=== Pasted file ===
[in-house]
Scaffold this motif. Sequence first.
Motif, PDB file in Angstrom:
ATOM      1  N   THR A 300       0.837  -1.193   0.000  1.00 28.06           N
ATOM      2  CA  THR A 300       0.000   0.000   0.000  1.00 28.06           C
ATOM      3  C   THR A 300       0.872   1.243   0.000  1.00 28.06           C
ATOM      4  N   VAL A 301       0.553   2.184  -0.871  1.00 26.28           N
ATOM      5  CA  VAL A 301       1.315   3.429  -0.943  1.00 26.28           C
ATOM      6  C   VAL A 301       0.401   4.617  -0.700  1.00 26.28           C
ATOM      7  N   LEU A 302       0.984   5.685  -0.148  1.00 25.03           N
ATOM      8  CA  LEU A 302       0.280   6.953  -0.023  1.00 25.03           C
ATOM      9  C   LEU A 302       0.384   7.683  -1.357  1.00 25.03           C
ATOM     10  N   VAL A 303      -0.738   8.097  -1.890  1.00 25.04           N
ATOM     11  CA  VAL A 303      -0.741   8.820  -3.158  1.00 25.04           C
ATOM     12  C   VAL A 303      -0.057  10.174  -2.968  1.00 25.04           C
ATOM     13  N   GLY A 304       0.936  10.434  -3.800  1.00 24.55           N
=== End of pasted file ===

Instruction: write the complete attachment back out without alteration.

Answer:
[in-house]
Scaffold this motif. Sequence first.
Motif, PDB file in Angstrom:
ATOM      1  N   THR A 300       0.837  -1.193   0.000  1.00 28.06           N
ATOM      2  CA  THR A 300       0.000   0.000   0.000  1.00 28.06           C
ATOM      3  C   THR A 300       0.872   1.243   0.000  1.00 28.06           C
ATOM      4  N   VAL A 301       0.553   2.184  -0.871  1.00 26.28           N
ATOM      5  CA  VAL A 301       1.315   3.429  -0.943  1.00 26.28           C
ATOM      6  C   VAL A 301       0.401   4.617  -0.700  1.00 26.28           C
ATOM      7  N   LEU A 302       0.984   5.685  -0.148  1.00 25.03           N
ATOM      8  CA  LEU A 302       0.280   6.953  -0.023  1.00 25.03           C
ATOM      9  C   LEU A 302       0.384   7.683  -1.357  1.00 25.03           C
ATOM     10  N   VAL A 303      -0.738   8.097  -1.890  1.00 25.04           N
ATOM     11  CA  VAL A 303      -0.741   8.820  -3.158  1.00 25.04           C
ATOM     12  C   VAL A 303      -0.057  10.174  -2.968  1.00 25.04           C
ATOM     13  N   GLY A 304       0.936  10.434  -3.800  1.00 24.55           N